Lights of Liberty Philadelphia
Where are we going today?
Every children in America would have learn about the American Revolution in school - so why not visit the Lights of Liberty where you can go back in time and experience the fascinating facts for yourself!
Lights of Liberty is a 360 3D show which is found in the PECO Theater, which is located in the Historic Philadelphia Center.
It will take the whole family on a patriotic adventure which is led by the one and only Benjamin Frankling - in 3D of course! During this time, you can see the majestic bald eagle soar, or really experience the Statue of Liberty up close. You really get a chance to discovery some of the amazing stories behind some of the USA"s most beloved symbols that represent freedom.
The Lights of Liberty film is only 15 minutes long, and really gives you a treat with it's state-of-the-art technology. Did you know it's the first ambulatory light and sound show of it's kind, in the entire world!
The Historic Philadelphia Center is a great place to find all the information you might need for your historic Philadelphia experience. You're right across from Independence Hall and the Liberty Bell, so the Lights of Liberty can just be a part of your historic, fun, fascinating and educational family day out!
Say hi to Benjamin Franklin for us!
How much does it cost?
- Children$5 (Under 12)
When can we go?
Hours vary seasonally. 10am/11am open. 5pm to 10pm close
All year round
You can incorporate the Lights of Liberty into a full Historic Philadelphia package. It's the best way to learn about history! They have sample itineraries online that you could look at, and they offer great deals. .
You're in the heart of Philadelphia - get out there and enjoy something tasty before or after your experience! .
There are always plenty of healthy options - you have an entire city to choose from! .
Doing our bit
They stay true to history and want to make the experience fun for children. And it worked! Education is so important. .
Need a little extra help?
If you need wheelchair access, just give them a call to see how they can help you .
There is plenty of parking in the area, but just make sure you read the signs for street parking .
What people are saying?
by Janis D
Our recent trip to Athens, full of Segway tours and museums, inspired us to live like tourists back home in Philadelphia. That’s how, one blistery cold Monday afternoon we ended up being the only three people in the Lights of Liberty show on Chestnut Street. I must admit, there wasn't the majesty of Acropolis or the charm of port of Piraeus to lure my kids into the show. In actuality, they were embarrassed and bored and I had to drag them in. As we waited in eerily quiet the gift shop, all I could hear was “Mom, can I have this?’’...Read More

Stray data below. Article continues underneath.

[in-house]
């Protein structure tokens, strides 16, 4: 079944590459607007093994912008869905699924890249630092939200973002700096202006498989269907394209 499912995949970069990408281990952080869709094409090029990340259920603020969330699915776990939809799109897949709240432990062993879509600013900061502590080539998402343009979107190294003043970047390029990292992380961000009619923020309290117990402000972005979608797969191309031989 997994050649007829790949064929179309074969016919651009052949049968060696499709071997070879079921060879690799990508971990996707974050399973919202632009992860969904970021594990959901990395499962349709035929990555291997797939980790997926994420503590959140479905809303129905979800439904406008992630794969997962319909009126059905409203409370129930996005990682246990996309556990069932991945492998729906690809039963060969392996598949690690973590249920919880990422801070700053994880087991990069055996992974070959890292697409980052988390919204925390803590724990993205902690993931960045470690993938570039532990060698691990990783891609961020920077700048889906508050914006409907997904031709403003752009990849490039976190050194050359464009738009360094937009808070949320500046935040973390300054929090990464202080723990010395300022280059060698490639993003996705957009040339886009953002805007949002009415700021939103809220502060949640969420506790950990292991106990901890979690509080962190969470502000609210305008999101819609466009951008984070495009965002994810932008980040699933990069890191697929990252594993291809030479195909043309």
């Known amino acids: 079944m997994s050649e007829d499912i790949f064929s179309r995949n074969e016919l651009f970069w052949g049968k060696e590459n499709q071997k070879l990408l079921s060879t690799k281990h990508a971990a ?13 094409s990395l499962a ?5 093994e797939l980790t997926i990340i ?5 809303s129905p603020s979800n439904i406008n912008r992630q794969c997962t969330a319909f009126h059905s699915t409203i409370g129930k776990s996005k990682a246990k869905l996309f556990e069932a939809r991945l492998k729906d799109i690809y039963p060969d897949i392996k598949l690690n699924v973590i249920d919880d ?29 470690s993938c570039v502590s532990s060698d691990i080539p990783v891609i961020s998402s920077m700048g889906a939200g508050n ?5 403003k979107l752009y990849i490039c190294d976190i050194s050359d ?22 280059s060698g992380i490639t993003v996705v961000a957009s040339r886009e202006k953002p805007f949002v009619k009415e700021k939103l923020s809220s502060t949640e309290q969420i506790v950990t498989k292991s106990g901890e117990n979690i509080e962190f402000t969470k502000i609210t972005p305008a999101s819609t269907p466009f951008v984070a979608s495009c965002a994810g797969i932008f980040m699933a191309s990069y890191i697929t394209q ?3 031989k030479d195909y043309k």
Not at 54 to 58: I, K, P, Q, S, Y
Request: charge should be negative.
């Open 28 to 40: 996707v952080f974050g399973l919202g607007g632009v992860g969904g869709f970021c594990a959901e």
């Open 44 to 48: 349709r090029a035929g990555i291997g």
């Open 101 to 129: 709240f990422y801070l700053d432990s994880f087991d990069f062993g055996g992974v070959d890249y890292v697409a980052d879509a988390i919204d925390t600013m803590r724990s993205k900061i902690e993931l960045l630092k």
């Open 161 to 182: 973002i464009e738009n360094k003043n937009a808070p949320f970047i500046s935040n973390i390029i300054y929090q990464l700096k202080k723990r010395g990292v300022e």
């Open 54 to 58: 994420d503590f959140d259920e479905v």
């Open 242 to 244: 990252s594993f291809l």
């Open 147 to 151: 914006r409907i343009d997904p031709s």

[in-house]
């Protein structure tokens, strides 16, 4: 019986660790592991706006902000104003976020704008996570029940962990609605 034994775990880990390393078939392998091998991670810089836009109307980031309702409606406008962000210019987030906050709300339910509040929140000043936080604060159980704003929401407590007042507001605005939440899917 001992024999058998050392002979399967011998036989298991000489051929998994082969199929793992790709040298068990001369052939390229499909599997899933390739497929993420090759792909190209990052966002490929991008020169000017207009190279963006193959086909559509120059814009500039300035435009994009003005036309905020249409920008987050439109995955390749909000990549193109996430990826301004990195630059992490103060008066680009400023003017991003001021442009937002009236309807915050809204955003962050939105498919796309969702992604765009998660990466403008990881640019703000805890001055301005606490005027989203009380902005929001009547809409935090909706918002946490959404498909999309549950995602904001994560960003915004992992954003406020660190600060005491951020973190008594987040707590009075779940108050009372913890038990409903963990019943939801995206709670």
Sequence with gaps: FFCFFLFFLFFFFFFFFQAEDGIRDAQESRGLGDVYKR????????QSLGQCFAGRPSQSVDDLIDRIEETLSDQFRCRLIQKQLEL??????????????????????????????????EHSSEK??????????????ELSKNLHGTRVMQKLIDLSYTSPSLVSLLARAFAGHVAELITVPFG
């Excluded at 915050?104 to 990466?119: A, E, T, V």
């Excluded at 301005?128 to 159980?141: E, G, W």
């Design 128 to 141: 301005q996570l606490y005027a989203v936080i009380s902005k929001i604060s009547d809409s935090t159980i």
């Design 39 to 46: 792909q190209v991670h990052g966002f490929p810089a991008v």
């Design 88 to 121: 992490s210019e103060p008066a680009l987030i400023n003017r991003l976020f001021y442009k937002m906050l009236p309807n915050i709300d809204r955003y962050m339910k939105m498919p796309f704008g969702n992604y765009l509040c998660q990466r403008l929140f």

by Janis D
Our recent trip to Athens, full of Segway tours and museums, inspired us to live like tourists back home in Philadelphia. That’s how, one blistery cold Monday afternoon we ended up being the only three people in the Lights of Liberty show on Chestnut Street. I must admit, there wasn't the majesty of Acropolis or the charm of port of Piraeus to lure my kids into the show. In actuality, they were embarrassed and bored and I had to drag them in. As we waited in eerily quiet the gift shop, all I could hear was “Mom, can I have this?’’ in stereo. The ten minutes till showtime ticked by slowly, my choice of venue becoming more regretful by the moment. Finally, the announcer’s voice blasted over the speakers, announcing the start of the show to a store full of a mere three people. The horrified looks on the faces of my offspring confirmed that I am just a corny, embarrassing mother. With blushing cheeks and a fake grin plastered across my face, I ushered my kids into the dark theater where I could hide my shame.
We stood in the empty room with a 360 screen, and waited for the show to begin. I knew that if I could just hold out under the cover of darkness till it was over, then face my boys with a motherly comment such as’ “Well, at least we tried it!” , then I could take them home and put this all in my past. Silence. Time stood still. Then the music started, the screen lit up, and Ben Franklin appeared and saved my ass.
Within moments, the theatre was alive with history and color. Ben Franklin was telling the story of Philadelphia. An important, historical city. My city! I was interested and I was proud. I peeled my eyes from the screen and looked over to see my boys mesmerized. We were all like little kids again, and it was fun. The show went on for about 20 minutes, and when it ended, my boys were smiling. They said it was ”cool”, “interesting” and “too short”. They thanked me and they were actually nice to each other the rest of the evening. We talked about the show and the history of Philadelphia over dinner, they did their homework, and even laid out their clothes for school the next day, all without any fighting.
As the precious moments of the evening passed, my shame and embarrassment dwindled and was replaced with pride and gratification. I got them ready for bed, my eye on the glass of wine that was to be my prize once they were asleep.
I said, “Good night” to my son, to which he sleepily replied, “That was the coolest show. Thanks so much for taking me.”